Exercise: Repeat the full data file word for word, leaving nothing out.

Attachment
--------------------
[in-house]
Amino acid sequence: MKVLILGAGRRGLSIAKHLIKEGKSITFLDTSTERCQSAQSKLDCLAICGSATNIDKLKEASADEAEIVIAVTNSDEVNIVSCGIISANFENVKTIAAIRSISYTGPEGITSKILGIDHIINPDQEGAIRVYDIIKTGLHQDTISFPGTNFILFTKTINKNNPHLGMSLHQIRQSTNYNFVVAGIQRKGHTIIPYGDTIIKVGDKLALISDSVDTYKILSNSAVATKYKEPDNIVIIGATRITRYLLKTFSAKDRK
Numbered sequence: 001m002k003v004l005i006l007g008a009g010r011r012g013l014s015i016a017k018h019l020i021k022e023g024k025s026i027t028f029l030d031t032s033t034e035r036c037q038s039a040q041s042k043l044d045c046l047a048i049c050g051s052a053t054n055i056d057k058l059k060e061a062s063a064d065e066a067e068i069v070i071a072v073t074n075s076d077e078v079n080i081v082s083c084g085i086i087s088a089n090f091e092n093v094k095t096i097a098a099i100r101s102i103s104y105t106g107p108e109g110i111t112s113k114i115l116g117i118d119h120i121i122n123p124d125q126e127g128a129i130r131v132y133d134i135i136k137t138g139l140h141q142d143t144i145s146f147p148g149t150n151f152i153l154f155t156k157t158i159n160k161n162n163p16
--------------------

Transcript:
[in-house]
Amino acid sequence: MKVLILGAGRRGLSIAKHLIKEGKSITFLDTSTERCQSAQSKLDCLAICGSATNIDKLKEASADEAEIVIAVTNSDEVNIVSCGIISANFENVKTIAAIRSISYTGPEGITSKILGIDHIINPDQEGAIRVYDIIKTGLHQDTISFPGTNFILFTKTINKNNPHLGMSLHQIRQSTNYNFVVAGIQRKGHTIIPYGDTIIKVGDKLALISDSVDTYKILSNSAVATKYKEPDNIVIIGATRITRYLLKTFSAKDRK
Numbered sequence: 001m002k003v004l005i006l007g008a009g010r011r012g013l014s015i016a017k018h019l020i021k022e023g024k025s026i027t028f029l030d031t032s033t034e035r036c037q038s039a040q041s042k043l044d045c046l047a048i049c050g051s052a053t054n055i056d057k058l059k060e061a062s063a064d065e066a067e068i069v070i071a072v073t074n075s076d077e078v079n080i081v082s083c084g085i086i087s088a089n090f091e092n093v094k095t096i097a098a099i100r101s102i103s104y105t106g107p108e109g110i111t112s113k114i115l116g117i118d119h120i121i122n123p124d125q126e127g128a129i130r131v132y133d134i135i136k137t138g139l140h141q142d143t144i145s146f147p148g149t150n151f152i153l154f155t156k157t158i159n160k161n162n163p16